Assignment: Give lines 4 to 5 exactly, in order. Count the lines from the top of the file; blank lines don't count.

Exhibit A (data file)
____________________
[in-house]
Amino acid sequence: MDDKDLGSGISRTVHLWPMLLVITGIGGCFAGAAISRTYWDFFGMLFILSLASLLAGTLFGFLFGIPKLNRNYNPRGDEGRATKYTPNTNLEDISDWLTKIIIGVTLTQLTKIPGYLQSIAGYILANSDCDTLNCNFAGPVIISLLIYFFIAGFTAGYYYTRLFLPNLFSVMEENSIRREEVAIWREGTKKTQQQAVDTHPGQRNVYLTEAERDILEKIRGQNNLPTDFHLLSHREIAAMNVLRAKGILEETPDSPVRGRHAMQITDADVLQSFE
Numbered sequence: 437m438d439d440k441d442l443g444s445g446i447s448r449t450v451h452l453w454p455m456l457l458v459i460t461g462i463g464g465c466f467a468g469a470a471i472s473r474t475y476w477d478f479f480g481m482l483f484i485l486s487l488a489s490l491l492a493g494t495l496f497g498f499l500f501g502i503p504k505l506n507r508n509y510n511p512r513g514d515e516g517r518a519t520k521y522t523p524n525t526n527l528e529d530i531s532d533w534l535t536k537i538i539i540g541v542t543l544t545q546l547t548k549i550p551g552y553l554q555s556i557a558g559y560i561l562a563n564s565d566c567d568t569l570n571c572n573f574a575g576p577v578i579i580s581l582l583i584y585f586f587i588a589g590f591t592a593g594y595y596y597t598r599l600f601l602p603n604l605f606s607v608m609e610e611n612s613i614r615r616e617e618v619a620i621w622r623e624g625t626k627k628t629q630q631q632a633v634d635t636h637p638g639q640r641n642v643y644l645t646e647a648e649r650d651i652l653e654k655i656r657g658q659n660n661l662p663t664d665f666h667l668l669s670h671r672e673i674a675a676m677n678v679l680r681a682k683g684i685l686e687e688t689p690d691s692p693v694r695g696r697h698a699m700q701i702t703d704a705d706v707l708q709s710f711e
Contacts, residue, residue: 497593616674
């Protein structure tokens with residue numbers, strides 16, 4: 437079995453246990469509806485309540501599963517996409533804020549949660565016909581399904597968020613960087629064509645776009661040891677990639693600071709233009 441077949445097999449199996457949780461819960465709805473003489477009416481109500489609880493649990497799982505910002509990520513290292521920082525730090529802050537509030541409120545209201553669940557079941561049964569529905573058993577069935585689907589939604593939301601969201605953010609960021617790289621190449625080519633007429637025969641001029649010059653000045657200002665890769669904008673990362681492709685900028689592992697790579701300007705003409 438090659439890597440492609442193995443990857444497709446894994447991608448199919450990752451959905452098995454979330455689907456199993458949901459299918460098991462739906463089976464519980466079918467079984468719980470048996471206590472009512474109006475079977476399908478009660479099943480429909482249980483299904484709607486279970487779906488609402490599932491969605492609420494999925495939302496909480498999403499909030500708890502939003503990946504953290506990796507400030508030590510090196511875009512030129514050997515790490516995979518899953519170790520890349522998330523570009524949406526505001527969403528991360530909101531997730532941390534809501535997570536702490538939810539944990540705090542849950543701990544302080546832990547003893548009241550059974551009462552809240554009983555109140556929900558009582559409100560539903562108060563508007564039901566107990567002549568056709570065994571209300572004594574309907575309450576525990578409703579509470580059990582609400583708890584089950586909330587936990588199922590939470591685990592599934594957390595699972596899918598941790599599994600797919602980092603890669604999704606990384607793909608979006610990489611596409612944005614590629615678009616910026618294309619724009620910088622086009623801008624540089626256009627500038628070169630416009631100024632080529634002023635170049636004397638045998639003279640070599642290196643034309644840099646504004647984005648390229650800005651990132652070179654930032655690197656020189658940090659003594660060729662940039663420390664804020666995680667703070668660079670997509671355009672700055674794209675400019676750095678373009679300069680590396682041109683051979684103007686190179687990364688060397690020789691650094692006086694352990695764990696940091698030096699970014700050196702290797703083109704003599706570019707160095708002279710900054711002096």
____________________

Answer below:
Contacts, residue, residue: 497593616674
């Protein structure tokens with residue numbers, strides 16, 4: 437079995453246990469509806485309540501599963517996409533804020549949660565016909581399904597968020613960087629064509645776009661040891677990639693600071709233009 441077949445097999449199996457949780461819960465709805473003489477009416481109500489609880493649990497799982505910002509990520513290292521920082525730090529802050537509030541409120545209201553669940557079941561049964569529905573058993577069935585689907589939604593939301601969201605953010609960021617790289621190449625080519633007429637025969641001029649010059653000045657200002665890769669904008673990362681492709685900028689592992697790579701300007705003409 438090659439890597440492609442193995443990857444497709446894994447991608448199919450990752451959905452098995454979330455689907456199993458949901459299918460098991462739906463089976464519980466079918467079984468719980470048996471206590472009512474109006475079977476399908478009660479099943480429909482249980483299904484709607486279970487779906488609402490599932491969605492609420494999925495939302496909480498999403499909030500708890502939003503990946504953290506990796507400030508030590510090196511875009512030129514050997515790490516995979518899953519170790520890349522998330523570009524949406526505001527969403528991360530909101531997730532941390534809501535997570536702490538939810539944990540705090542849950543701990544302080546832990547003893548009241550059974551009462552809240554009983555109140556929900558009582559409100560539903562108060563508007564039901566107990567002549568056709570065994571209300572004594574309907575309450576525990578409703579509470580059990582609400583708890584089950586909330587936990588199922590939470591685990592599934594957390595699972596899918598941790599599994600797919602980092603890669604999704606990384607793909608979006610990489611596409612944005614590629615678009616910026618294309619724009620910088622086009623801008624540089626256009627500038628070169630416009631100024632080529634002023635170049636004397638045998639003279640070599642290196643034309644840099646504004647984005648390229650800005651990132652070179654930032655690197656020189658940090659003594660060729662940039663420390664804020666995680667703070668660079670997509671355009672700055674794209675400019676750095678373009679300069680590396682041109683051979684103007686190179687990364688060397690020789691650094692006086694352990695764990696940091698030096699970014700050196702290797703083109704003599706570019707160095708002279710900054711002096």